Primary page content

And Action….. Redressing BAME representation in academic libraries

 

It may come as a surprise to you that the UK library workforce identifies as 96.7% White*- this is compared to a UK population that identifies as 88% White.

It’s only in the last 2 years that SCONUL (Society of College, National and University Libraries) and CILIP (Chartered Institute for Librarians and Information Professionals), which are the library and information sector’s leading representative bodies in the UK, have worked with staff to establish networks that platform BAME voices and experiences – SCONUL’s BAME Staff Forum and CILIP’s BAME Network, both of which have Allies networks.

As with other areas across HE, libraries are hugely underrepresented by people from Black, Asian, and Minority Ethnic backgrounds. This is true throughout the workforce but is most startling at the very top, with only 3 BAME library directors.  One of those 3 is Goldsmiths’ Library Director, Marilyn Clarke.

Recognising the enormous value, advantage, and creativity that diverse voices and experiences bring to all aspects of what we do, faced with this reality we had no choice but to become activists. So, at Goldsmiths library, as part of our Liberate our Library* initiative and EDI commitments we are being proactive and intentionally taking positive action to change our staff profile and contribute to a more diverse recruitment pipeline within the sector. One way that we are doing this is through our positive action BAME Graduate Traineeship. The role has been a long time coming! Finances and a global pandemic slowed us up, but we’re thrilled that we launched the inaugural traineeship this year.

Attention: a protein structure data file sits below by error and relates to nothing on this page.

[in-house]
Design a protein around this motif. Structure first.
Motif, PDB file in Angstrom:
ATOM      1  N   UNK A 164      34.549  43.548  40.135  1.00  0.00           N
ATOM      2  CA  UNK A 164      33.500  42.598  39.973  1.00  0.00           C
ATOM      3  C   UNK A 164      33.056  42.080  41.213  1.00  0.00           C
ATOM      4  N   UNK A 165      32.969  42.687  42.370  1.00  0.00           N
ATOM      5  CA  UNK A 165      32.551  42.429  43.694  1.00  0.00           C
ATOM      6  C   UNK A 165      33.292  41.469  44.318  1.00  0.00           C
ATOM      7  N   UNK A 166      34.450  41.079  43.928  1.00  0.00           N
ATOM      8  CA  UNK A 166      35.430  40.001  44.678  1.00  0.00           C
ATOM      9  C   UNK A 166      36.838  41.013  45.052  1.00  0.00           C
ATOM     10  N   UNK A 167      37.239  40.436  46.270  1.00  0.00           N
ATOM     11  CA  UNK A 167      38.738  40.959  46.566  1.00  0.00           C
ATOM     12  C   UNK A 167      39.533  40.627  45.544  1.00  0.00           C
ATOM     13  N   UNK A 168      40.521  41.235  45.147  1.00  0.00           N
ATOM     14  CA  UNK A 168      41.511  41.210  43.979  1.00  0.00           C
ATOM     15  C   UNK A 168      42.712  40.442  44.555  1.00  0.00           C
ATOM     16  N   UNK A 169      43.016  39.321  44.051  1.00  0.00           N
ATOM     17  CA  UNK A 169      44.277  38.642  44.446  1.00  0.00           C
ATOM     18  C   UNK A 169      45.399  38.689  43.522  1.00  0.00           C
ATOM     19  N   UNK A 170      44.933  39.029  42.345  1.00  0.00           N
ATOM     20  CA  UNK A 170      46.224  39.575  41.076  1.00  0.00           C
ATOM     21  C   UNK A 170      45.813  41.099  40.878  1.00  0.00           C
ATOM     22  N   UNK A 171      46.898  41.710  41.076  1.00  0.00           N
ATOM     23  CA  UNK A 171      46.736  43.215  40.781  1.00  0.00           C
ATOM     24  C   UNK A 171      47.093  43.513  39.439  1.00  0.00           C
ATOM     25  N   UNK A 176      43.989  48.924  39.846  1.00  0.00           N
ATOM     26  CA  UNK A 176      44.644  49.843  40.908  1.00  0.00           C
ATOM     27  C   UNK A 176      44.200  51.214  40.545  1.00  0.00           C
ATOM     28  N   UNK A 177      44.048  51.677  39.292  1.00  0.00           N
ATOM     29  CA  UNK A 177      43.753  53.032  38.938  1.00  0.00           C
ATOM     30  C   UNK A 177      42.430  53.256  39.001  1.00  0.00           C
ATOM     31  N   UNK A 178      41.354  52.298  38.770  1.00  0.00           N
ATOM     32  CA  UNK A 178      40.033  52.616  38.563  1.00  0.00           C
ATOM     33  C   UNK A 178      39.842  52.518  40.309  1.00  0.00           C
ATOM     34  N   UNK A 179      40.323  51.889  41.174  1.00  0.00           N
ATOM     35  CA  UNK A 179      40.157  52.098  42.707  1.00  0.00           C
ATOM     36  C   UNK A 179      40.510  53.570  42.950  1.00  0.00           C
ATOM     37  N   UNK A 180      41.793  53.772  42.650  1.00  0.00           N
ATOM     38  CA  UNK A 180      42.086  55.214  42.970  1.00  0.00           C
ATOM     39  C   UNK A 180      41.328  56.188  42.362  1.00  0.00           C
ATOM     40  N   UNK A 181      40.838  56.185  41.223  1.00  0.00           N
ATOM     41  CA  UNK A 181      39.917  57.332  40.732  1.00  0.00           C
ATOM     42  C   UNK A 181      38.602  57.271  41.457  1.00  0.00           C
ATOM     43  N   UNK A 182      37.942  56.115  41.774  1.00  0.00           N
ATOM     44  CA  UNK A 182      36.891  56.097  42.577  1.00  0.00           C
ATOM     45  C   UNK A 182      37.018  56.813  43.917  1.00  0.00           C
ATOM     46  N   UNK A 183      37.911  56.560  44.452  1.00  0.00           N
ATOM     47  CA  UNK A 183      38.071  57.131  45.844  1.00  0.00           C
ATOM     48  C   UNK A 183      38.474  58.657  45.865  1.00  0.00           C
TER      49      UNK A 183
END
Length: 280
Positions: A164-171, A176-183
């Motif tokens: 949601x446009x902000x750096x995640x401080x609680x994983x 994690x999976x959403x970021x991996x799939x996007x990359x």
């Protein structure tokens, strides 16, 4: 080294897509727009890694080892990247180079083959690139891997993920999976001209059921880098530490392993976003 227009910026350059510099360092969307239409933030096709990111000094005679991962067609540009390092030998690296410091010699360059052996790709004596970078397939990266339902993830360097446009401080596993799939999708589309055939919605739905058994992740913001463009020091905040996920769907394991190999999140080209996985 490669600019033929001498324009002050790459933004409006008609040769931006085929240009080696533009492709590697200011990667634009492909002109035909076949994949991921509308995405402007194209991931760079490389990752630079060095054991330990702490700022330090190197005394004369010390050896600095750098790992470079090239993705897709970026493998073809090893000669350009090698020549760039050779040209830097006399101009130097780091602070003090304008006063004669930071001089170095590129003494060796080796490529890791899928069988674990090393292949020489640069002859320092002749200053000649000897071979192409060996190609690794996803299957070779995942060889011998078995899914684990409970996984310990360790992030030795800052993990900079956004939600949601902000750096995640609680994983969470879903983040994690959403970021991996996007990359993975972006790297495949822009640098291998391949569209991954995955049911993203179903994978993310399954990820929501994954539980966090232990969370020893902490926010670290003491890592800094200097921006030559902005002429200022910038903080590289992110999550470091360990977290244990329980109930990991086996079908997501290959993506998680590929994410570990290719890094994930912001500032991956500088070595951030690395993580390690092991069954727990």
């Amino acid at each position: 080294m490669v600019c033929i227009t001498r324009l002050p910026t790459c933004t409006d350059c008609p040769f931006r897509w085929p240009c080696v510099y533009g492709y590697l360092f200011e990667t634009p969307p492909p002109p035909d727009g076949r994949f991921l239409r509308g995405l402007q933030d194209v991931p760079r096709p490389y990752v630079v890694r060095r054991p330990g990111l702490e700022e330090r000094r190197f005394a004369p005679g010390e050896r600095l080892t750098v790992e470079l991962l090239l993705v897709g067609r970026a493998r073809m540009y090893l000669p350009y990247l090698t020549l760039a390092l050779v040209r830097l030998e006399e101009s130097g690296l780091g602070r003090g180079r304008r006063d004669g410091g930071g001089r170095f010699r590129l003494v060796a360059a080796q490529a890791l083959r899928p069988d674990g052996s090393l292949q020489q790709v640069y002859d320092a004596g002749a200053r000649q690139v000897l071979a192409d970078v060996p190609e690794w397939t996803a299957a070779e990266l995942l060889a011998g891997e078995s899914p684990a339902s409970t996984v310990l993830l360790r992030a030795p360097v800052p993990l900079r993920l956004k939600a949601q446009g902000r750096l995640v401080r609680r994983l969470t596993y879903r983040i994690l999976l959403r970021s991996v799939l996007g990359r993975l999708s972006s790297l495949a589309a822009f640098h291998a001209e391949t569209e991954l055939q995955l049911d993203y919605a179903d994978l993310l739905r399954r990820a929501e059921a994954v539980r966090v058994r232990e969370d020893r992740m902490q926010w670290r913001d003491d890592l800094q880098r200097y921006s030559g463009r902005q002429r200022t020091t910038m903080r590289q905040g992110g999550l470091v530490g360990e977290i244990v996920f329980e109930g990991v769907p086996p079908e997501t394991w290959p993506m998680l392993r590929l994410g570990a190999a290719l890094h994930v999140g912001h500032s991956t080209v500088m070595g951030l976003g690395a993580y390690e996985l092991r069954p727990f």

The intention of the role is to have an annual opportunity for a BAME Graduate who has not necessarily had any experience but is interested in exploring a career in the Library and Information sector to do so. We have designed the role, so it allows the successful candidate the opportunity to experience library work across all its core functions. The idea being that they come away with broad ranging experience, the skills and knowledge necessary and hopefully, a desire to build a career in libraries.

We’re determined to make this the best grounding experience in library work that we can so, acknowledging that our BAME Graduate is in a unique role and is moving around teams, we’ve established a ‘Buddy’ scheme so that they can share their experiences, have support and a network to help them settle in. Gloria Ojosipe, our Library Administration Coordinator, is championing this.  She has a wealth of professional, Goldsmiths, and life experience, and is also an academic mentor.

We decided to offer our first traineeship to a Goldsmiths Graduate and are pleased to introduce Adil Rehman, who began working with us in September.

Adil has just finished studying English and History at Goldsmiths. He has always been interested in the humanities and had considered becoming an English teacher after his degree as he wants to experience living in different countries and thought teaching would be a good fit.